Watching a film that you were excited to see is almost always a recipe for disaster. The Wolfman is a film that had many people excited to see it. Take four top-notch actors and a script co-scribed by the writer of Seven and you’d believe that you have a successful film on your hands. Sadly, the only thing shocking in this film in how much it actually ends up disappointing you.
This film begins by rushing through its introduction and headlong into the plot so fast that you wonder if the editor actually lacked the necessary footage to complete it properly. The pacing is so fast that you get the sense that the filmmakers involved had no interest in holding your hand through this movie. Which would be refreshing if this movie had anything new to offer the audiences, and fans of the horror genre.
The acting is probably the most disappointing factor in the execution of this film. You have Bencio Del Toro playing our lead role while Anthony Hopkins, Emily Blunt and Hugo Weaving are supporting. The cast for this movie couldn’t have been more spot on. Although something is to be said of that. Very proficient and talented actors understand the need for direction and follow their guidance with little to no second guessing. When your director is Joe Johnson, second guessing is something you should probably do. Johnson’s work has consistently shown that he is more comfortable working in the world of effects than he is in the world of actors. He gave us such horror masterpieces as Honey, I Shrunk the Kids and Jurassic Park 3.
Full of beautiful imagery and dark moods you can’t help but question where this film went wrong but on your ride home the answers just come to you. Special effects are the only reason this film was made. Every major plot point seems to rely heavily on some sort of special effects. Johnson having won an Oscar for special effects would of course rely on this. The acting was placed on the back burner, the names of the actors will be enough to draw audiences to the theaters but their performances will only hinder their careers. The story was nothing too innovative or thought provoking.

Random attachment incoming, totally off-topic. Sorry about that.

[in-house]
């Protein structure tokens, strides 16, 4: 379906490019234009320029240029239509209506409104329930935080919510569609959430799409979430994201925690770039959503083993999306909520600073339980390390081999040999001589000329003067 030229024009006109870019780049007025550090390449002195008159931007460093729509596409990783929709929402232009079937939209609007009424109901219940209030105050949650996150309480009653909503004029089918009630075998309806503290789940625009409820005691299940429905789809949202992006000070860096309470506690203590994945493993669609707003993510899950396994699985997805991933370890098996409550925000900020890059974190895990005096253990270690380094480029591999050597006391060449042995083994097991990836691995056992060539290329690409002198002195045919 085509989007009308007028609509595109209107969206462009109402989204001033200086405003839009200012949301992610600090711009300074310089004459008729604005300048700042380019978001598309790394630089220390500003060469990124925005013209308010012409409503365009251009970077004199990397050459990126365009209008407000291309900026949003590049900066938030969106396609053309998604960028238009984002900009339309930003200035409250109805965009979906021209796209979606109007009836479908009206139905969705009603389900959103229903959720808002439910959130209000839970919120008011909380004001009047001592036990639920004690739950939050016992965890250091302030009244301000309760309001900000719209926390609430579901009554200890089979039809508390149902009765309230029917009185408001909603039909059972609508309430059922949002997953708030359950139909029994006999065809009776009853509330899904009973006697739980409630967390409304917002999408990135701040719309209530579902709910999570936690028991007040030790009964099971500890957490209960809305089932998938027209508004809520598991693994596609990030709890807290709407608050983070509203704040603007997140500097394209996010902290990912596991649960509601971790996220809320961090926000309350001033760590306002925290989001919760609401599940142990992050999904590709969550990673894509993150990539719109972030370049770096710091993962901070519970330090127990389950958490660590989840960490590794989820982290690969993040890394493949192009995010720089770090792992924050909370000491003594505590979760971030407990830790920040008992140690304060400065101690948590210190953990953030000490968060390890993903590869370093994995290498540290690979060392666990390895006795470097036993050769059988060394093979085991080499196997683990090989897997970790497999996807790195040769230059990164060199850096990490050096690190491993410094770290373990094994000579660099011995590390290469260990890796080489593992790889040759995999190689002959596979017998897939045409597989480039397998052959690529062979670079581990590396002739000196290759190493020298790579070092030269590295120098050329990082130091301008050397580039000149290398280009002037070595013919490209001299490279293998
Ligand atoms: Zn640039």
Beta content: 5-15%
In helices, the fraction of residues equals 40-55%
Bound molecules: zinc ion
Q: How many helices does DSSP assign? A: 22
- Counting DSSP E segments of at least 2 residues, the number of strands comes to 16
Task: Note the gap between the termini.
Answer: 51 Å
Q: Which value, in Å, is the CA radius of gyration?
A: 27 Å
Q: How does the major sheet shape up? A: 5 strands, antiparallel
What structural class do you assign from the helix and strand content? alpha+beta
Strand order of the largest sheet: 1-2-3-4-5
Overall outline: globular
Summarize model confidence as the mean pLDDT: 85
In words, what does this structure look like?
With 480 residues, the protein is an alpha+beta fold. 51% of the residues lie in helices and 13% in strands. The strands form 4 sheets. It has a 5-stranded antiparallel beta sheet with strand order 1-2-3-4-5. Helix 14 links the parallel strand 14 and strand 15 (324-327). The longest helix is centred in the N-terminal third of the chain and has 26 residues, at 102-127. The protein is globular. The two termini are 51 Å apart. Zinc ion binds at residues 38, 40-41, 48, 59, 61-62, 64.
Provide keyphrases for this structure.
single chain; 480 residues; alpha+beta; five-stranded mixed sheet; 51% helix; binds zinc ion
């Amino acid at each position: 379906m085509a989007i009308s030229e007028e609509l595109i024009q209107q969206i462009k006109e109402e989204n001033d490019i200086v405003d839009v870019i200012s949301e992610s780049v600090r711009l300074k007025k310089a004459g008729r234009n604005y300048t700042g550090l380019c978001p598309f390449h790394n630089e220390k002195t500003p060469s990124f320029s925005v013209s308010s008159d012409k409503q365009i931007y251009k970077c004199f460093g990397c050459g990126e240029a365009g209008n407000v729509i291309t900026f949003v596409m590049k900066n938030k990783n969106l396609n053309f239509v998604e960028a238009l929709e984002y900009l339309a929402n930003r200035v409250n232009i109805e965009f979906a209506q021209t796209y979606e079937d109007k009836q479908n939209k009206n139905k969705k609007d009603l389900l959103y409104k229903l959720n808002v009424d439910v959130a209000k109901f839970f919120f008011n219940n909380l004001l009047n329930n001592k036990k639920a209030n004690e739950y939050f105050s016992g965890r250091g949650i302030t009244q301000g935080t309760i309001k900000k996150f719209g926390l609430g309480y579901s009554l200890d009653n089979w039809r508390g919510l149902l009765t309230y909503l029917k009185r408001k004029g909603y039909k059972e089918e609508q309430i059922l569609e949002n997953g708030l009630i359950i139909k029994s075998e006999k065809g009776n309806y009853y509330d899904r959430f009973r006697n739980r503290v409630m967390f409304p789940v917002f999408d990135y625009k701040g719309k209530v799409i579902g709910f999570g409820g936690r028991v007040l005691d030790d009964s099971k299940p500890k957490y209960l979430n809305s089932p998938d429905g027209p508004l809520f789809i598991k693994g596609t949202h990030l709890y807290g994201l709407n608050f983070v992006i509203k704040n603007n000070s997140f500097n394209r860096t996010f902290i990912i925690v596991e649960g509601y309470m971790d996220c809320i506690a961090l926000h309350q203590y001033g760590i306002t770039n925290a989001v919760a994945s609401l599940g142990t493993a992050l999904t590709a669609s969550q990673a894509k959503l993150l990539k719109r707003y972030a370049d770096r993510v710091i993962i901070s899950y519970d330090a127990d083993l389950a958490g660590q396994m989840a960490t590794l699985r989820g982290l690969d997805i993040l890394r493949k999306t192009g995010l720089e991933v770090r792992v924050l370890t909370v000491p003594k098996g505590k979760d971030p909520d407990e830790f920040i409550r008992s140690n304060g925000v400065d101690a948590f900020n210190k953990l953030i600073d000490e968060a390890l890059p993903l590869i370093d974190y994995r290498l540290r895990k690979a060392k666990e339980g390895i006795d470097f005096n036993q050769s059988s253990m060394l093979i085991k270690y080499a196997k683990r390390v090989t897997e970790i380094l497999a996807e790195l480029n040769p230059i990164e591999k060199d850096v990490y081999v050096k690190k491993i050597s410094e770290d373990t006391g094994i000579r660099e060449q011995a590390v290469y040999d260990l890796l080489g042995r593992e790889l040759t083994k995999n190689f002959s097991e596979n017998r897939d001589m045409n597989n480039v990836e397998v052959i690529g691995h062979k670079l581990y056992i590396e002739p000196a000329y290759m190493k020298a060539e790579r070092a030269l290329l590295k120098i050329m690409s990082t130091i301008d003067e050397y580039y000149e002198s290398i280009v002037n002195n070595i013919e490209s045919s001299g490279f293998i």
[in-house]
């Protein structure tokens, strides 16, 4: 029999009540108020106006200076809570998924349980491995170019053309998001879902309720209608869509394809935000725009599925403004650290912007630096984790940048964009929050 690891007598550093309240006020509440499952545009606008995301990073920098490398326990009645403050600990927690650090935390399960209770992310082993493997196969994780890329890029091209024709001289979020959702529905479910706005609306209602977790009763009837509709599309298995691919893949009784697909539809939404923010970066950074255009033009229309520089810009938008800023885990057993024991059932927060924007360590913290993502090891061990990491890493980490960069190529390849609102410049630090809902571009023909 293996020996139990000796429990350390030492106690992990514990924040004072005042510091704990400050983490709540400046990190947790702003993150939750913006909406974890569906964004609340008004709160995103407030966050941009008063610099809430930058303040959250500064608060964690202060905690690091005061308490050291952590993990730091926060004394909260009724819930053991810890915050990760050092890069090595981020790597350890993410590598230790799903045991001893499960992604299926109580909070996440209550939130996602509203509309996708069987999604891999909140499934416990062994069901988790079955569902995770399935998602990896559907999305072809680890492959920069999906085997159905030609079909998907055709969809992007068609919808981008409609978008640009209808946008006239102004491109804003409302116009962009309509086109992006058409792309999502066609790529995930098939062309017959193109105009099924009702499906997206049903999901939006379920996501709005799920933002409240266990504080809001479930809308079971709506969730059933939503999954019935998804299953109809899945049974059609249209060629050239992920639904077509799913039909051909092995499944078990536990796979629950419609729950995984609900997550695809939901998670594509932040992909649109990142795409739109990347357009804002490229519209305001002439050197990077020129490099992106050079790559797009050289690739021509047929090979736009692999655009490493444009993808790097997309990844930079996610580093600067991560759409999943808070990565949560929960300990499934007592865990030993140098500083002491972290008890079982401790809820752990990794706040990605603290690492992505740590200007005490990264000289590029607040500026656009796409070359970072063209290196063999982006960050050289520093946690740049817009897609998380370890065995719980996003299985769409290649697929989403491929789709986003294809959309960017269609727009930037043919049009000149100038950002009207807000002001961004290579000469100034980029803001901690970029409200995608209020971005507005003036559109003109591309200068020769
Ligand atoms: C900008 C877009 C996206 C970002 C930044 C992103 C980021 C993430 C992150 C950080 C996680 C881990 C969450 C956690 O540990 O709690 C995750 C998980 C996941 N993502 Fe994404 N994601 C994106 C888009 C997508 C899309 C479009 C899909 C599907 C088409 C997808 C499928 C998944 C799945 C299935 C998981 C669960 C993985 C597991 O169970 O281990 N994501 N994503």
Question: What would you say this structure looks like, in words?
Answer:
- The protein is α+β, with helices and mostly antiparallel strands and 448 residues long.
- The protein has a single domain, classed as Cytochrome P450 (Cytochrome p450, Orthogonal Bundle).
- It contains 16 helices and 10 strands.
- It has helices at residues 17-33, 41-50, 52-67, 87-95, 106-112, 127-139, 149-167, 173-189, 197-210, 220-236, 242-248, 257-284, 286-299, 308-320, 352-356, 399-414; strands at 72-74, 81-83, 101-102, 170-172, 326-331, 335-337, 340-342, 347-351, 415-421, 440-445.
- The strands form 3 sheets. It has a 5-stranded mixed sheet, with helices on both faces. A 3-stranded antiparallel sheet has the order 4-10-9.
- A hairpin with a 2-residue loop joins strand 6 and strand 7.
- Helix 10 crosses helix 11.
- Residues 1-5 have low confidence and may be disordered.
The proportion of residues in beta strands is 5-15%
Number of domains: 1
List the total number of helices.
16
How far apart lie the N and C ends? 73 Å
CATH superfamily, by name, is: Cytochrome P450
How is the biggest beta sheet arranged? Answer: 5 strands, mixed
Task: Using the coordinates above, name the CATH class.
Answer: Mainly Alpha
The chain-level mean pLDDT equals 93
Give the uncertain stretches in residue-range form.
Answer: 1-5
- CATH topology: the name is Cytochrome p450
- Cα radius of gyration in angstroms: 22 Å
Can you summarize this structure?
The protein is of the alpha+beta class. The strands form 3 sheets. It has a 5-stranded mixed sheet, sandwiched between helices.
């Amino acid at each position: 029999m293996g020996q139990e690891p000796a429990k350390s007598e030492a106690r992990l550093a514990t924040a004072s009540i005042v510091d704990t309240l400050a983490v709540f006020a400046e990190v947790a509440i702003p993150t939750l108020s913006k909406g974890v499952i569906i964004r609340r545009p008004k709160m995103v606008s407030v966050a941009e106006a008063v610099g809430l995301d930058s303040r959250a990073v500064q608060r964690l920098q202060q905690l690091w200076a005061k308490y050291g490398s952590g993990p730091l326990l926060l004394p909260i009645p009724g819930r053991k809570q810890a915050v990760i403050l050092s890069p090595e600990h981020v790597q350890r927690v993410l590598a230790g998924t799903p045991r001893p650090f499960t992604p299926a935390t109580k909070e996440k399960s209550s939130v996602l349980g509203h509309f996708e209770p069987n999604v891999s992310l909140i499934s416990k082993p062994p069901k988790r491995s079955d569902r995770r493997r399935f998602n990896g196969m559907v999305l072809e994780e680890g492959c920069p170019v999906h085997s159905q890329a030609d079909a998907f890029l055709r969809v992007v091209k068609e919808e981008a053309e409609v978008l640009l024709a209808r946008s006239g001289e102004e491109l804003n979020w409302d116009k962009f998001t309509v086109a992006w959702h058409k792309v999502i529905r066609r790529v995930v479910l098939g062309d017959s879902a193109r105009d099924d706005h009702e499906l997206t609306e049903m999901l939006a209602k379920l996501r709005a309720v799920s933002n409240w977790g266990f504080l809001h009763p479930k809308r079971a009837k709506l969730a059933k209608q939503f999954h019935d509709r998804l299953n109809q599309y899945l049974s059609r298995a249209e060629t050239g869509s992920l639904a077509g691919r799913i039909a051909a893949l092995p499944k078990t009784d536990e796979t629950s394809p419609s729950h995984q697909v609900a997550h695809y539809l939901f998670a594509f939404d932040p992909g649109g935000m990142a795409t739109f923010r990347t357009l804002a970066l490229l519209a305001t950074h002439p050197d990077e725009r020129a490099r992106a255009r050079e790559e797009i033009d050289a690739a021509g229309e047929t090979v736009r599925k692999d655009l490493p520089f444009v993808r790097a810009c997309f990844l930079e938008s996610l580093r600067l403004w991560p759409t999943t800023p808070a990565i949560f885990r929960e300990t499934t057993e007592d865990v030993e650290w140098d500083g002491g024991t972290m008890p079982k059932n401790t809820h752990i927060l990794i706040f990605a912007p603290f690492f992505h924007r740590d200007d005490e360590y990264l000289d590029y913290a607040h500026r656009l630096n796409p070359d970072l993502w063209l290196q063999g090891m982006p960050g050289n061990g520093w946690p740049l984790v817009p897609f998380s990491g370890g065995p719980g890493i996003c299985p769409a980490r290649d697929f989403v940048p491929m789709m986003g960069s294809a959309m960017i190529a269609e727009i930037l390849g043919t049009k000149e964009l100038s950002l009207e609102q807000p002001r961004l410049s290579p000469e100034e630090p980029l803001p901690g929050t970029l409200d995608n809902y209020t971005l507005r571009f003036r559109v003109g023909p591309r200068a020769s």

It’s hard to say who contributed what to a script when it goes through rewrites and multiple writers. Story will always be king. Lawrence Talbot’s relationship with his father could have been used to really achieve a dramatic connection with the audience. While Lawrence is in the asylum he looks back over his life and realizes who his father his, he should also be second guessing what he really believes to be true. This film could have really saved itself if the audience left the theater not sure if the Talbot family was cursed with lycanthropy or just feral madness.
Sometimes the best films learn from the lessons that the previous generations taught us. Since The Wolfman is a 69 year old re-imaging of the classic Universal film The Wolf Man you would assume that they would learn as much as possible from everything that filming has picked up along the way. Instead it’s a disappointing lesson in what will happen if you don’t.
The Wolfman is rated R for bloody horror, violence and gore. 102 min.